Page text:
The fifth and sixth round of 16 ties of the 2022 World Cup saw Japan take on Croatia and Brazil face South Korea.
We got to watch two very different games, as one went on for two hours without a winner, while the other was effectively decided in 12 minutes.
Round of 16: Japan 1-1 Croatia (1-3 on penalties)
Japan were seeking their first-ever knockout victory at the World Cup against Croatia, who had not won such a match in a major competition in normal time since 1998.
A close game was expected, and that is exactly what we got. Croatia kept more possession, which was fine by Japan as they tended to defend in a very compact 5-4-1 mid-block with very limited spaces between the lines.
Zlatko Dalić’s side didn’t really have consistent runners in behind to try and stretch the opposition defence, so they looked quite flat in the first half.
By contrast, Japan looked sharp in possession. Croatia did apply a bit of a press in a 4-1-4-1 shape, but the Samurai Blue were mostly able to play through it. Then, as they got forward, their wingers tucked into the half-spaces to receive the ball between the line, while the wing-backs got forward out wide.
They were the better team in the first 45 minutes and eventually got their reward when Daizen Maeda scored after a corner on the stroke of half-time.
Ten minutes into the second period, Croatia equalised through a bullet header from Ivan Perišić, who became the Vatreni’s all-time leading goalscorer in major tournaments.
Overall, their performance remained similar to what we saw in the first period, whereas Japan seemingly started to tire and dropped off as the game wore on, so we headed for the first extra time period of the tournament.
That was no more entertaining than the last minutes of regulation time, so everyone started looking forward to penalties quite quickly.
Japan won both tosses so they went first and in front of their fans, but that edge was no good as all of their efforts severely lacked conviction, allowing Dominik Livaković to save three of four and become Croatia’s hero.
Round of 16: Brazil 4-1 South Korea
South Korea began their third World Cup knockout campaign after their shock win over Portugal on the last day of the groups.
They had a much tougher opponent to overcome if they were to advance any further, since they crossed paths with pre-tournament favourites Brazil.
The Seleção had topped Group G and looked fairly impressive, but against three staunch defences, they could just manage three goals. South Korea may have also been hoping to contain and frustrate them, but they adopted a fairly risky approach out of possession, allowing Brazil to take advantage.
Vinícius Júnior opened the scoring in the seventh minute with an extremely composed finish after some nice work on the right from Raphinha. A few minutes later, Neymar stylishly converted a penalty won by Richarlison to put Brazil in a comfortable position already.
The Tottenham forward scored the third himself after he juggled the ball on the edge of the box in the build-up and then made a third man run as the two centre-backs played one-touch passes to slip him in on goal, from where he could not miss (yes, you read all of that correctly).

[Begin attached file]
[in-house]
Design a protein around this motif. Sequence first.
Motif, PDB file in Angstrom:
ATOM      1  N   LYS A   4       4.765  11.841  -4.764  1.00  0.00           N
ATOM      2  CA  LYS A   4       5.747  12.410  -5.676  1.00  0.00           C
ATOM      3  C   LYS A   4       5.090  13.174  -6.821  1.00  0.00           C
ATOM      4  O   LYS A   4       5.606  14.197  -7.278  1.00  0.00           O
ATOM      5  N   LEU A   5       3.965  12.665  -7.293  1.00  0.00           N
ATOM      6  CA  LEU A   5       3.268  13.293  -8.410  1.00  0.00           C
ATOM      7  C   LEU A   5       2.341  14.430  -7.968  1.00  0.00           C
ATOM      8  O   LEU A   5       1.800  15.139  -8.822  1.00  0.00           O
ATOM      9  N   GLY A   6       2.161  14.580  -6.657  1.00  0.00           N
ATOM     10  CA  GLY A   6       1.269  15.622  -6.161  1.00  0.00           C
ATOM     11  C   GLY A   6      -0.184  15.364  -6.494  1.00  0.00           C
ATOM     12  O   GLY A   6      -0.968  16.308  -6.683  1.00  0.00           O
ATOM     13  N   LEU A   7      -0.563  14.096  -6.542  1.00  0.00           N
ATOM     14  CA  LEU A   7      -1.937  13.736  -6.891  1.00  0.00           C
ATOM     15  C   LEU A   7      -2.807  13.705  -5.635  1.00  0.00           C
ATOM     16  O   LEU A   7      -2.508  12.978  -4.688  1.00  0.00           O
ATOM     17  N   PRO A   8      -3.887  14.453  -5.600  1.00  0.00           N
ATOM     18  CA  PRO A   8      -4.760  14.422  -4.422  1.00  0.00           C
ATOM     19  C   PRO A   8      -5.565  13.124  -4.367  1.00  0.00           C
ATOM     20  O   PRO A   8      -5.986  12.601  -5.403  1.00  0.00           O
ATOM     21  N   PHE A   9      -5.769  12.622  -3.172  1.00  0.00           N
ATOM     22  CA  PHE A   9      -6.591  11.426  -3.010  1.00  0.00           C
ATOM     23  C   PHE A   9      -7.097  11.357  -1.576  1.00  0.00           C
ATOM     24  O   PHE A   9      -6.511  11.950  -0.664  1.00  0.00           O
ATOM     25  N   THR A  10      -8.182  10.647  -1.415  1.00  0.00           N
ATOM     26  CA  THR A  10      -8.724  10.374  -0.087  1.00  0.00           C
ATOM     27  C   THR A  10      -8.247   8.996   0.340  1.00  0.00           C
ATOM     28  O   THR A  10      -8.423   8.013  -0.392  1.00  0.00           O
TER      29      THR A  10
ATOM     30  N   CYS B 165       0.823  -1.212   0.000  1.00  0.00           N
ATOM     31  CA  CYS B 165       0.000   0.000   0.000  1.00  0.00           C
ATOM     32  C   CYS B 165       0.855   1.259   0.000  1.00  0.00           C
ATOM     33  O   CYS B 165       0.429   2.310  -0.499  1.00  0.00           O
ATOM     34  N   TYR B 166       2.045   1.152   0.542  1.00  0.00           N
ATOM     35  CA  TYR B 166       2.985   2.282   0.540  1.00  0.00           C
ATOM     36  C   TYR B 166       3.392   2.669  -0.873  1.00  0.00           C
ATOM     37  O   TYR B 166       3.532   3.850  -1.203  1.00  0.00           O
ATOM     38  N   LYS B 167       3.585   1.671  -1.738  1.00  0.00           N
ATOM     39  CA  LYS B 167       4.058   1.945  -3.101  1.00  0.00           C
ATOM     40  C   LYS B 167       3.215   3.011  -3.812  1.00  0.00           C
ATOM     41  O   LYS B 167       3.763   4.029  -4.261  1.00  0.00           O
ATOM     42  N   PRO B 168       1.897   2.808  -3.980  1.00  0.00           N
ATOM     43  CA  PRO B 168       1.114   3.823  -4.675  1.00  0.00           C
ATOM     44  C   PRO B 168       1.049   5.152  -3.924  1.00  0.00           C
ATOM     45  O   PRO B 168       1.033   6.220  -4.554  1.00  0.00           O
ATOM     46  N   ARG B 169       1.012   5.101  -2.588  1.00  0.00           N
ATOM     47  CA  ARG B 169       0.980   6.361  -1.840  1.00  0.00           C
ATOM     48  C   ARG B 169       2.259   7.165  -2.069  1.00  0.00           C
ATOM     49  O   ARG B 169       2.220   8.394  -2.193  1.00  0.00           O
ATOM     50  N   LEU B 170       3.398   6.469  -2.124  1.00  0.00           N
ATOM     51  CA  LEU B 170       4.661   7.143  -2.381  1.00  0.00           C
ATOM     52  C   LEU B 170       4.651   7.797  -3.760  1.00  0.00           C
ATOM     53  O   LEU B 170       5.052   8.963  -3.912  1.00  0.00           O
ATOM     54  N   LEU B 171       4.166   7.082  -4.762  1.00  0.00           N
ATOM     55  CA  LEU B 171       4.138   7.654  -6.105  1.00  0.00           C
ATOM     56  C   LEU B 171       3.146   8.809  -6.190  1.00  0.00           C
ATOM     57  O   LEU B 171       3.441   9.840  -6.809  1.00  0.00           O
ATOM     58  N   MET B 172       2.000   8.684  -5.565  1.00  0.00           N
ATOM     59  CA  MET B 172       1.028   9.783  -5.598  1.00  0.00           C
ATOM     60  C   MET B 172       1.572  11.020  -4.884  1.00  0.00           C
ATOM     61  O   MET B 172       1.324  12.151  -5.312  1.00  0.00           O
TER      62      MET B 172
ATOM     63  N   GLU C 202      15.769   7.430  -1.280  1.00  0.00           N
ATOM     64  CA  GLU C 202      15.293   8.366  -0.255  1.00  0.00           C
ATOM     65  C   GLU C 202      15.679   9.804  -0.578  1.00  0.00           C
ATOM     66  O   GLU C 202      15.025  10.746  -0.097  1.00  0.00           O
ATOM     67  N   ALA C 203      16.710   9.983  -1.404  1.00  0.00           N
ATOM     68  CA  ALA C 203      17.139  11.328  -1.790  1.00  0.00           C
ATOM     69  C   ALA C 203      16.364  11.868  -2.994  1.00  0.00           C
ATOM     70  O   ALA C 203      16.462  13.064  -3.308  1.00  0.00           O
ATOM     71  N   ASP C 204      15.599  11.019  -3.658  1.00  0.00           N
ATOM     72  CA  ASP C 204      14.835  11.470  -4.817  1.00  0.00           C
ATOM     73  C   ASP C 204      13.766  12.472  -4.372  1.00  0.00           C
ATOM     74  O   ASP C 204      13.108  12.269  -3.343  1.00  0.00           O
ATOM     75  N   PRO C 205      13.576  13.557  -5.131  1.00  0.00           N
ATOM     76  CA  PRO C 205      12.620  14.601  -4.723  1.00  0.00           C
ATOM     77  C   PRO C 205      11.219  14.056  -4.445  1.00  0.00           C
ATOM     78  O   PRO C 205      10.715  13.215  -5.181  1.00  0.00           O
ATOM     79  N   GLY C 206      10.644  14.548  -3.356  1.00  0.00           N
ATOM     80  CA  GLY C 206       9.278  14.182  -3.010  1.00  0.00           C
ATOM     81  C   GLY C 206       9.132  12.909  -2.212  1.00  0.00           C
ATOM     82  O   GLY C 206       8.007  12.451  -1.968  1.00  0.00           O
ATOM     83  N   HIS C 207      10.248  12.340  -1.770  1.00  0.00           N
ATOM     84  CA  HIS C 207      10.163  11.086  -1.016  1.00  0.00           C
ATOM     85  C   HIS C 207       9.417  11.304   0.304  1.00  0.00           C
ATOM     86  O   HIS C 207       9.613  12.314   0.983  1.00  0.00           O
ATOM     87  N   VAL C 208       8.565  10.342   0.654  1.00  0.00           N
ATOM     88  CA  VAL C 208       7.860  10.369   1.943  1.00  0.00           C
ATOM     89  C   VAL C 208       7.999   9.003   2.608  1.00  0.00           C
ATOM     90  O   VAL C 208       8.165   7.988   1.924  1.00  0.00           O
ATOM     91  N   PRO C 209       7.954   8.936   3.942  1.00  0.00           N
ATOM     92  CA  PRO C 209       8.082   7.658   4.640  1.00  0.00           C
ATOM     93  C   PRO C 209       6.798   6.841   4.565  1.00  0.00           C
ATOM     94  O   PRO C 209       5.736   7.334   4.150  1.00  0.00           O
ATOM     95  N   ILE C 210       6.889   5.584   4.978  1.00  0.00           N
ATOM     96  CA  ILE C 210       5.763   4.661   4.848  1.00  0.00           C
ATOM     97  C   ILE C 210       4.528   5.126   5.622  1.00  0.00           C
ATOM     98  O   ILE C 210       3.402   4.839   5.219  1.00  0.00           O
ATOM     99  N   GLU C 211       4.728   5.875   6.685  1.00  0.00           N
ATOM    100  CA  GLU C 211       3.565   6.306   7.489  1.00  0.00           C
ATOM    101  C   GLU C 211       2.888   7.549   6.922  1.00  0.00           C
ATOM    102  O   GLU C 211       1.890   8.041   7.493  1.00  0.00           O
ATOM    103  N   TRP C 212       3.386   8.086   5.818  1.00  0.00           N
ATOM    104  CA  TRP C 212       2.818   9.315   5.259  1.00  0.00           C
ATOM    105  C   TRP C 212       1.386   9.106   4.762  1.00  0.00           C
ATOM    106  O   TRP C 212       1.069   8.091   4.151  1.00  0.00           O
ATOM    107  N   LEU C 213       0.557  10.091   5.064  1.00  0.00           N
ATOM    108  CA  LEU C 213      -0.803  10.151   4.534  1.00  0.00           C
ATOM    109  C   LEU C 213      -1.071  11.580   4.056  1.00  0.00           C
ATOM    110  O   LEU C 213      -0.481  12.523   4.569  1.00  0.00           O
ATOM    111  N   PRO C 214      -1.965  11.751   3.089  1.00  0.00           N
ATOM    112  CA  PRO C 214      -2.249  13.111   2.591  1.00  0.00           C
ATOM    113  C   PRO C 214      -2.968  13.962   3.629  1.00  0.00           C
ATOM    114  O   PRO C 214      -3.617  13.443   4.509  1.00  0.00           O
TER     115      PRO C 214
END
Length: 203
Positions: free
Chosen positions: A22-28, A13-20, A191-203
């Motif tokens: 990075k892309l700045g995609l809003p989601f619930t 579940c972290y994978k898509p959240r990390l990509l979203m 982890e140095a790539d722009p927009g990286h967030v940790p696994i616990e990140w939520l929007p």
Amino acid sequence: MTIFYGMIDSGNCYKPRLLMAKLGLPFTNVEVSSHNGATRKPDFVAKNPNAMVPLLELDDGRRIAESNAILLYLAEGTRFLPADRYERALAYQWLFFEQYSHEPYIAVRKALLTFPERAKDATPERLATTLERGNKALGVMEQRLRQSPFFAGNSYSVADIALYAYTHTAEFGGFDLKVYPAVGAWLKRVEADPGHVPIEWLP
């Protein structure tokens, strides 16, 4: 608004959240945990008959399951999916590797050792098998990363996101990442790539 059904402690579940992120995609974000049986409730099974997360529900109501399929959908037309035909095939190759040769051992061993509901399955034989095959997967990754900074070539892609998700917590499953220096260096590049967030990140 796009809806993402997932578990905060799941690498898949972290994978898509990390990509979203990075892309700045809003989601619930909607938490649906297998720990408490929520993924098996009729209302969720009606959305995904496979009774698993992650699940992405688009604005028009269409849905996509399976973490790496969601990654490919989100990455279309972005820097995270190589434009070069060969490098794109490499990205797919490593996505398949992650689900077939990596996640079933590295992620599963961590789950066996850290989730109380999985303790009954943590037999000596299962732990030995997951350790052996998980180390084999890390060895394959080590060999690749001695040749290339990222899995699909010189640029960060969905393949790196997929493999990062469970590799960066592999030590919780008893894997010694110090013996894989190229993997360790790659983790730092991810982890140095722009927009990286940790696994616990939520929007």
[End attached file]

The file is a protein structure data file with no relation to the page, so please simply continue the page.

There was a fourth before half-time as Lucas Paquetá applied a measured finish to a lovely dinked assist by Vinícius Júnior, and truthfully, there could have been even more.
Brazil unsurprisingly took their foot off the pedal for the second half, so South Korea drew a couple of good stops from Alisson before pulling one back from Paik Seung-Ho’s strike in the 76th minute.
Tite then brought his keeper off for Weverton, ensuring that each of his 26-man squad got some playing time at this tournament.
On the evidence of the first half, this was the best team performance we have seen in Qatar by some margin, as Brazil turned on the style and fired on all cylinders.
South Korea might have rather played into their hand,s but the way they were dispatched was quite extraordinary to watch, as was the dancing from Tite.
In all seriousness, though, the 61-year-old manager has clearly fostered a great team spirit and has his side playing some incredible football on the pitch, making Brazil the clear favourites to lift the World Cup.
👀 Looking Ahead
The last two round of 16 matches are scheduled for tomorrow:
Morocco vs Spain (18:00 AST):
Morocco, the only side yet to concede to an opponent at this tournament, take on the joint top-scorers Spain in what is set to be a very intriguing match-up. Walid Regragui has earned many plaudits for his clever defensive set-ups that have stifled his opponents, but he will need something special for this game. Spain have the highest possession average at the tournament at a whopping 76.1%, so they are sure to test the Moroccan defence in every way possible.
Portugal vs Switzerland (22:00 AST):
The final Round of 16 tie pits Portugal against Switzerland, who could pose some real problems. Fernando Santos’ side’s possession-play has not always been great while the Swiss defence has looked pretty solid on its day, keeping a clean sheet against Cameroon and restricting Brazil to just one goal. Murat Yakin will hope to have Yann Sommer back from illness, since his penalty-saving speciality might come in handy if this game goes the distance.
Stats courtesy Opta via FotMob.
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